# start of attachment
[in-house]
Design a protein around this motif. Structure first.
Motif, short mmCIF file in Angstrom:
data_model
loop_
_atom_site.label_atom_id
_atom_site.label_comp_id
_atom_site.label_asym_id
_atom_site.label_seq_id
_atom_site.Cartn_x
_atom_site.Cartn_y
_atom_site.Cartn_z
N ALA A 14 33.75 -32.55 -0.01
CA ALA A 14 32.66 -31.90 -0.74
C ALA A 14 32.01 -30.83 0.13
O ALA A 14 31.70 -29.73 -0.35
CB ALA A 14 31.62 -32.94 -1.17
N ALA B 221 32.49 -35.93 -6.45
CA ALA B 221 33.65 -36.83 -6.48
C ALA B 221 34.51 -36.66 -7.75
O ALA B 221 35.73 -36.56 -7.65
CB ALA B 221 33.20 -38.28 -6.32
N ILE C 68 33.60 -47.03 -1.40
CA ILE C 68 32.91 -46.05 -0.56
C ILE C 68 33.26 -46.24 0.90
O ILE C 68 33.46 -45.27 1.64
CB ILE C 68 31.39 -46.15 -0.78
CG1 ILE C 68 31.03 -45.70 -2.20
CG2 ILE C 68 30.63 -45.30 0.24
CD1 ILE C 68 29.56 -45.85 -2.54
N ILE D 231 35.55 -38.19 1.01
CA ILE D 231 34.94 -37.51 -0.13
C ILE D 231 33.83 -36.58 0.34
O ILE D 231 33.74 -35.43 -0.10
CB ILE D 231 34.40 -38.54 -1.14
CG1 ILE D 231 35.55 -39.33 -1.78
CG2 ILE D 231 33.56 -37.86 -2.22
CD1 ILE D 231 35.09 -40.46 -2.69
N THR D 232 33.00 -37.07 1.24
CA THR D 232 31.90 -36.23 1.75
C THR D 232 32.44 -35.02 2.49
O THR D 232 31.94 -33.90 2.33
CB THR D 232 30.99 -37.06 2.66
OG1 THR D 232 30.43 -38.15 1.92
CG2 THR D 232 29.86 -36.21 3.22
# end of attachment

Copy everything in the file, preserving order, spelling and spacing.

[in-house]
Design a protein around this motif. Structure first.
Motif, short mmCIF file in Angstrom:
data_model
loop_
_atom_site.label_atom_id
_atom_site.label_comp_id
_atom_site.label_asym_id
_atom_site.label_seq_id
_atom_site.Cartn_x
_atom_site.Cartn_y
_atom_site.Cartn_z
N ALA A 14 33.75 -32.55 -0.01
CA ALA A 14 32.66 -31.90 -0.74
C ALA A 14 32.01 -30.83 0.13
O ALA A 14 31.70 -29.73 -0.35
CB ALA A 14 31.62 -32.94 -1.17
N ALA B 221 32.49 -35.93 -6.45
CA ALA B 221 33.65 -36.83 -6.48
C ALA B 221 34.51 -36.66 -7.75
O ALA B 221 35.73 -36.56 -7.65
CB ALA B 221 33.20 -38.28 -6.32
N ILE C 68 33.60 -47.03 -1.40
CA ILE C 68 32.91 -46.05 -0.56
C ILE C 68 33.26 -46.24 0.90
O ILE C 68 33.46 -45.27 1.64
CB ILE C 68 31.39 -46.15 -0.78
CG1 ILE C 68 31.03 -45.70 -2.20
CG2 ILE C 68 30.63 -45.30 0.24
CD1 ILE C 68 29.56 -45.85 -2.54
N ILE D 231 35.55 -38.19 1.01
CA ILE D 231 34.94 -37.51 -0.13
C ILE D 231 33.83 -36.58 0.34
O ILE D 231 33.74 -35.43 -0.10
CB ILE D 231 34.40 -38.54 -1.14
CG1 ILE D 231 35.55 -39.33 -1.78
CG2 ILE D 231 33.56 -37.86 -2.22
CD1 ILE D 231 35.09 -40.46 -2.69
N THR D 232 33.00 -37.07 1.24
CA THR D 232 31.90 -36.23 1.75
C THR D 232 32.44 -35.02 2.49
O THR D 232 31.94 -33.90 2.33
CB THR D 232 30.99 -37.06 2.66
OG1 THR D 232 30.43 -38.15 1.92
CG2 THR D 232 29.86 -36.21 3.22